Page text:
A typical Monday night at Concord House unfolds with a motley group of nearly twenty adults dishing up bowls of lentil stew in their Hyde Park home. A strong family dynamic is evident in the dining room, which is adorned with photos, calendars, and bulletin boards; a crowded bookshelf; and a central table, upon which rest six bunches of bananas, a carton of assorted hot sauces, and an oversized jar of some mystery vegetable, presumably pickled, labelled “DO NOT STIR.” Like many of the objects in the three-story home, these table items are communally shared among its residents, who are related not by blood but rather by chosen lifestyle: that of the housing cooperative.
When individuals with mental illness live in underserved communities, without adequate mental health care, they often seek antidotes elsewhere: Many try to self-medicate with alcohol or illegal substances. Some resort to retail theft or other petty crimes to get by. For others, a mental health crisis may escalate to a point where they become a threat to themselves or others.
“I think this does change the way that people think about racial segregation.”
On a dreary evening in February, as the sound of gunshots reverberates through a whitewashed room, a number of individuals approach its source. This is no crime scene. Rather, these bullet blasts issue from a video documenting the inception of two sculptures of esteemed interdisciplinary artist Sanford Biggers. Both the film, playing on a continuous loop, and the sculptures it features are elements of Biggers’s temporary exhibition at the Monique Meloche Gallery, entitled “the pasts they brought with them.”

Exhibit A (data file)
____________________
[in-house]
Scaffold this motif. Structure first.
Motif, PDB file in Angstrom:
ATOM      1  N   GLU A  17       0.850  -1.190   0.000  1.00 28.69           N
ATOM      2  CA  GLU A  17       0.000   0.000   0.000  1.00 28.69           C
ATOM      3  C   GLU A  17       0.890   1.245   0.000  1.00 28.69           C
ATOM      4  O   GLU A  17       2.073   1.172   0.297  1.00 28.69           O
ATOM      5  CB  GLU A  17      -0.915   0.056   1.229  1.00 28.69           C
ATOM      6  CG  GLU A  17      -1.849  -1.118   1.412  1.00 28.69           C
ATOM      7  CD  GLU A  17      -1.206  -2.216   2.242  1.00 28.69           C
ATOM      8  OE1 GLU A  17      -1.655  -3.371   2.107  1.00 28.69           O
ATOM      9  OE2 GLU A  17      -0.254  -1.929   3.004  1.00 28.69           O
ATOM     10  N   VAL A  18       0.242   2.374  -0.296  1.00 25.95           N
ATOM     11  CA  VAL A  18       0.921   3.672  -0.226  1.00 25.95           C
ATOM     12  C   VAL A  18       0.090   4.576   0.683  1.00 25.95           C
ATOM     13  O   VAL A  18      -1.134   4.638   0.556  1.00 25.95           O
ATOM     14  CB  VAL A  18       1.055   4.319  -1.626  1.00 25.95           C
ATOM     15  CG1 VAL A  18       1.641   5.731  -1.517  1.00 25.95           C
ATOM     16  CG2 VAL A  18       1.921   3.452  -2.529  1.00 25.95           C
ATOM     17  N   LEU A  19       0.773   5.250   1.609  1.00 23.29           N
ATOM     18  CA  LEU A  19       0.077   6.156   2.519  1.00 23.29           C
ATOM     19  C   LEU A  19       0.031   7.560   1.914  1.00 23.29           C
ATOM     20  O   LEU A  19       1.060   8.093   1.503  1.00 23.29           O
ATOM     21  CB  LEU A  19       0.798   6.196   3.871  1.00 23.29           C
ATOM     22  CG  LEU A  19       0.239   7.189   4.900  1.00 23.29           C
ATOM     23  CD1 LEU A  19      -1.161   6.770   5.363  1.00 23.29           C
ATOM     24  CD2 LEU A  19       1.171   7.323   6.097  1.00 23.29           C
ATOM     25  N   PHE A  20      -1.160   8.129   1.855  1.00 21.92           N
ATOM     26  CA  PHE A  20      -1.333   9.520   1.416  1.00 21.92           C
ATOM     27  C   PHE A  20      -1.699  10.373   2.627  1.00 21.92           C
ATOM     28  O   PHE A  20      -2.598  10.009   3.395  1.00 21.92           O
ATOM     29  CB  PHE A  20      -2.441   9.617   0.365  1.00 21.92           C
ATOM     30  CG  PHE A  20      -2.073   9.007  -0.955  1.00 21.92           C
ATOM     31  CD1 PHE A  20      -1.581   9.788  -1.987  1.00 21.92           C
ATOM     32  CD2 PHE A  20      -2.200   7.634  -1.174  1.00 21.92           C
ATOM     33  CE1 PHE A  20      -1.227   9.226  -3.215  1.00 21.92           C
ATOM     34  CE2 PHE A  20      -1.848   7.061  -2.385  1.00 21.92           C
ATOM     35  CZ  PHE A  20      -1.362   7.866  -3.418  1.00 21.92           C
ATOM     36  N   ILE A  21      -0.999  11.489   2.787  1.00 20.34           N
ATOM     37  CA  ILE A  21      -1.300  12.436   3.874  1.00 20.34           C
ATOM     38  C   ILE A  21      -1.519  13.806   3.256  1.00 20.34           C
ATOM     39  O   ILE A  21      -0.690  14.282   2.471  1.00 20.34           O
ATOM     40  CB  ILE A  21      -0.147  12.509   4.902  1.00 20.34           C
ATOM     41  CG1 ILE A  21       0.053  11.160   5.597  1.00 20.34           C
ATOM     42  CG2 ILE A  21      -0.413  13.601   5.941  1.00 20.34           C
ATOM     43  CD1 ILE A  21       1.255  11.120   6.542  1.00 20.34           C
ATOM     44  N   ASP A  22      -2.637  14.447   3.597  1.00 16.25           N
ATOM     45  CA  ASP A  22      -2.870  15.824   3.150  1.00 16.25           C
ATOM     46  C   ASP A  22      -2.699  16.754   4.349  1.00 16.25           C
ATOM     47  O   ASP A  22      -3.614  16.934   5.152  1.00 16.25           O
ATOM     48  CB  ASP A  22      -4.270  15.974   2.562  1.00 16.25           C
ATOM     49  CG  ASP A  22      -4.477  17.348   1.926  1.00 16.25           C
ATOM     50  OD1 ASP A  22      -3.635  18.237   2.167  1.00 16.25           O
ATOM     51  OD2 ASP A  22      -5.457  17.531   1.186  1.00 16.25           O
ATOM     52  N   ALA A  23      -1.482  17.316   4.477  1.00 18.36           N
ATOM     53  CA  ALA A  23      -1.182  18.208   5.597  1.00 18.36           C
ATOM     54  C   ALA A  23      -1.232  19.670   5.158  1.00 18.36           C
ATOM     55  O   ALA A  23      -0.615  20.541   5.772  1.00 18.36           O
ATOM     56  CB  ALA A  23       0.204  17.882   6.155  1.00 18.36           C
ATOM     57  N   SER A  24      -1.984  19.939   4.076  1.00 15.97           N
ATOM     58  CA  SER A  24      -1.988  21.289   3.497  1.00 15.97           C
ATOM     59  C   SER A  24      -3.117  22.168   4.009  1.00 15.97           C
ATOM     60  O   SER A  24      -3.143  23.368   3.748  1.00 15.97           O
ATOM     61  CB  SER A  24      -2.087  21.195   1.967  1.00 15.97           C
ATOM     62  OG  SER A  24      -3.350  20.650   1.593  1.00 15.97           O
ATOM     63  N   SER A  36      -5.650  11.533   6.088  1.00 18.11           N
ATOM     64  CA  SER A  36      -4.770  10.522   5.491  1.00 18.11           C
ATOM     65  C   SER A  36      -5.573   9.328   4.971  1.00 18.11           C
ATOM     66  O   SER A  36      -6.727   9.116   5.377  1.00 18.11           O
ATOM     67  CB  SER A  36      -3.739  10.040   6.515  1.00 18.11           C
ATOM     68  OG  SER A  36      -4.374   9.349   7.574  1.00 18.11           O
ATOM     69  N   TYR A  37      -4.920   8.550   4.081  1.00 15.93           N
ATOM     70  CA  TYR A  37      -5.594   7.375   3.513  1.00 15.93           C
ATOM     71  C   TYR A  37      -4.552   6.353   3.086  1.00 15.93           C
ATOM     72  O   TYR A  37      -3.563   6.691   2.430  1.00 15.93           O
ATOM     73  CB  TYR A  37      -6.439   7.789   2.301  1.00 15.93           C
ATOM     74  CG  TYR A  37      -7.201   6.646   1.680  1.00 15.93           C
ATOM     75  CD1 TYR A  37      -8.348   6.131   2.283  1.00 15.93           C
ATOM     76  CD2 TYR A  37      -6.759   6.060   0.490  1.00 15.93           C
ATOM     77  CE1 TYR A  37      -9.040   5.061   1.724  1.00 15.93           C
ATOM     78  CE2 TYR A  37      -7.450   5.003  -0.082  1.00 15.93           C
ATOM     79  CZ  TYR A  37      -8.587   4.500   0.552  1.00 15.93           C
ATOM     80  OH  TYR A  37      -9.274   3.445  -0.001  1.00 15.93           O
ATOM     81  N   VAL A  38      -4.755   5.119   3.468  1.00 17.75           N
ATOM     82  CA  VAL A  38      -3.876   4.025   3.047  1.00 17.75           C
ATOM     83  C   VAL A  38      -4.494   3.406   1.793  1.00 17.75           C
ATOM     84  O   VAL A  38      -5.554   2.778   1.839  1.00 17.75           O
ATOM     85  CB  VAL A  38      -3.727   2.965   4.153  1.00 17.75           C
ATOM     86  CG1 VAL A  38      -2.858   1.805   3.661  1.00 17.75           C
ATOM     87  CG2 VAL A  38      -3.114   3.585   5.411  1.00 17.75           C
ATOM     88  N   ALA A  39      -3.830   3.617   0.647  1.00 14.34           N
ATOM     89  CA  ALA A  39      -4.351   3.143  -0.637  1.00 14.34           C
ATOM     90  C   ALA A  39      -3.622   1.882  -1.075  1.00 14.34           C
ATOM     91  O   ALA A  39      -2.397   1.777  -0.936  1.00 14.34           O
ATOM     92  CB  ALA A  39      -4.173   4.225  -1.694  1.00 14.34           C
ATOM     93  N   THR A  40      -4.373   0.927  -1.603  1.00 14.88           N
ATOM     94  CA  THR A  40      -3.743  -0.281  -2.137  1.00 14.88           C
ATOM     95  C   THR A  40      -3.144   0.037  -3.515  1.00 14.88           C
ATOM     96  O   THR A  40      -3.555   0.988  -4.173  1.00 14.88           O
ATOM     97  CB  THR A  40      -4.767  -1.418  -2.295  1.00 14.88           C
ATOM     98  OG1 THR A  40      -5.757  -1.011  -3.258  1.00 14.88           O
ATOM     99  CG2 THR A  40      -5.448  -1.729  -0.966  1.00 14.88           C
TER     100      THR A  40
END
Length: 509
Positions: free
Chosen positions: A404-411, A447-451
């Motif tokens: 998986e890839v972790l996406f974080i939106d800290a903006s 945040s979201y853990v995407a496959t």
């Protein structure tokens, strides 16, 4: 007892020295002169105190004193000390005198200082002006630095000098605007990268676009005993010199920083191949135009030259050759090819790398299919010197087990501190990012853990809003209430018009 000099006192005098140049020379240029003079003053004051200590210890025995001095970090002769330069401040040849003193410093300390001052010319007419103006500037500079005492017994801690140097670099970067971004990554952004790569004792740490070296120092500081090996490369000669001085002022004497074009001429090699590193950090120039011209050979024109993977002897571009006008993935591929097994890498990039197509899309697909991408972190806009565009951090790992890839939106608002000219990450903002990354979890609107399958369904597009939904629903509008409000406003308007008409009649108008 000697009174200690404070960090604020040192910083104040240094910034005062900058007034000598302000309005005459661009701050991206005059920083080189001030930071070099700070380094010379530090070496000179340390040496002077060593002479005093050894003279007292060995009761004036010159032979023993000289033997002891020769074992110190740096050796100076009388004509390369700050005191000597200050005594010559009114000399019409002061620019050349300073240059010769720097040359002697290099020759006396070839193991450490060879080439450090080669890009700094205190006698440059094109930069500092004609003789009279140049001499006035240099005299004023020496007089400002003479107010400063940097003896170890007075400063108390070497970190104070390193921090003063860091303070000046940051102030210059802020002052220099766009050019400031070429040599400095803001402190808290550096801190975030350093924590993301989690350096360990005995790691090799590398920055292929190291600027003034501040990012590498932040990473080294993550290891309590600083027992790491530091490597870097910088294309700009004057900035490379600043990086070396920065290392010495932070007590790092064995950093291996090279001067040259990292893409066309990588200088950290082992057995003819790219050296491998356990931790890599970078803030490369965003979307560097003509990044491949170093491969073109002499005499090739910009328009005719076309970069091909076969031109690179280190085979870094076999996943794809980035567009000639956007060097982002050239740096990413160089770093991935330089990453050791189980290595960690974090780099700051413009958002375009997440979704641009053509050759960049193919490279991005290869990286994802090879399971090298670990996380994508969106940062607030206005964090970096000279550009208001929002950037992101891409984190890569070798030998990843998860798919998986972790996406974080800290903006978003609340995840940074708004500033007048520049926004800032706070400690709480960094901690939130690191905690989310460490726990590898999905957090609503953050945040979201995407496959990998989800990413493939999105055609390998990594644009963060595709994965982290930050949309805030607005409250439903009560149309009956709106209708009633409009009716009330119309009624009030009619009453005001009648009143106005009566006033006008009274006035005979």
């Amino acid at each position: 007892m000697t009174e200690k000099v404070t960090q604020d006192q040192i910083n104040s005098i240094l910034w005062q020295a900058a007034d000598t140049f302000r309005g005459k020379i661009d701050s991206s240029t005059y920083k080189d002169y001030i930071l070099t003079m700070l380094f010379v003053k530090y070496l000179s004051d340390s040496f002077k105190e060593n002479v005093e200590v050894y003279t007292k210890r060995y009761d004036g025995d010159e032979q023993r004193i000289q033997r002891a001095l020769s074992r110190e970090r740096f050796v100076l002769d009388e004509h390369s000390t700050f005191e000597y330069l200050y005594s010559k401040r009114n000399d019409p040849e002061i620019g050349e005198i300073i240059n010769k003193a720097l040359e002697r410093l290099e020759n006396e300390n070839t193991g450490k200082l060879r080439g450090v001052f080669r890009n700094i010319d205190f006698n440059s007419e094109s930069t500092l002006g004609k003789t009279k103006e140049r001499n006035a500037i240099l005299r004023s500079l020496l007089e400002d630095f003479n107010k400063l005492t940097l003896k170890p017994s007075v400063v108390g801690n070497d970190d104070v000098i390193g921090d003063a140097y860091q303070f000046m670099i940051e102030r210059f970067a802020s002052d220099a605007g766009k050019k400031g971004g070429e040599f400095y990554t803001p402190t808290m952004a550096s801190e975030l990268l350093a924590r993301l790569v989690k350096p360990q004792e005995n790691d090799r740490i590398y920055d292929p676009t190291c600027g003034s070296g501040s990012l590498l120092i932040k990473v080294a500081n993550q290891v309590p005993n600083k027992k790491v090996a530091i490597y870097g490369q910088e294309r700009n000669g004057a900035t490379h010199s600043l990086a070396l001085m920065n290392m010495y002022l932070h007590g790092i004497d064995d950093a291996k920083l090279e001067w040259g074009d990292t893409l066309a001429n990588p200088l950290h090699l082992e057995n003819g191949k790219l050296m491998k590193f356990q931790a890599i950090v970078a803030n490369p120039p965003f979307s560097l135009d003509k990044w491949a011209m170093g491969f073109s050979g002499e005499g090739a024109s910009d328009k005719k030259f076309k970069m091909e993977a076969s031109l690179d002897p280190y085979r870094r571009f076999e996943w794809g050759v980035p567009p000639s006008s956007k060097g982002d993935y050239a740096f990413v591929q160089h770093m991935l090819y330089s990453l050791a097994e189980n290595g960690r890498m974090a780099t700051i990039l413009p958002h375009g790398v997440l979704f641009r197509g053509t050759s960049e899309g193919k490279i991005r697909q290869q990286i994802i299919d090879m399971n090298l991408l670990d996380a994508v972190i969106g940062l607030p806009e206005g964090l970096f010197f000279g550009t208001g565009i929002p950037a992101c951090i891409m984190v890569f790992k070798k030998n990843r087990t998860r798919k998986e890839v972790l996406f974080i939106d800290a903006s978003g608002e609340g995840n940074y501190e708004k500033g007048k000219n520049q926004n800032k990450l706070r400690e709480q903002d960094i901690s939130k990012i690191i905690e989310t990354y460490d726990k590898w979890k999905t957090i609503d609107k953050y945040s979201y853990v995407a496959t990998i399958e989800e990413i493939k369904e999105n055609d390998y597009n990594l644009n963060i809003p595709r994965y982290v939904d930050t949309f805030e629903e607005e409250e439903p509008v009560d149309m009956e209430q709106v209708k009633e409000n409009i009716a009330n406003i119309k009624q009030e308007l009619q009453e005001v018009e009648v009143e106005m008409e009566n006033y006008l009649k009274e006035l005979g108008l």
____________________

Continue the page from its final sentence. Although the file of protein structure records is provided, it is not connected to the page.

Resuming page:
“By the time Michaeli arrived at The Defender, it had endorsed reformative politicians such as ‘Big Bill’ Thompson, John F. Kennedy, Harold Washington, and Barack Obama; covered the triumphs of prominent black figures such as Jack Johnson and Bessie Coleman; and featured the writings of Martin Luther King, Jr., Langston Hughes, and Gwendolyn Brooks, to name a few.”
“We said we needed to support each other. That’s all. It was not an overtly political act.” – Suzanne Cohan-Lange
“And our acceptance of the idea that schools might die while they have students in them, I think, is problematic.”
“I figured I would open the café just to have something here and hopefully spark other entrepeneurs to come out this way.”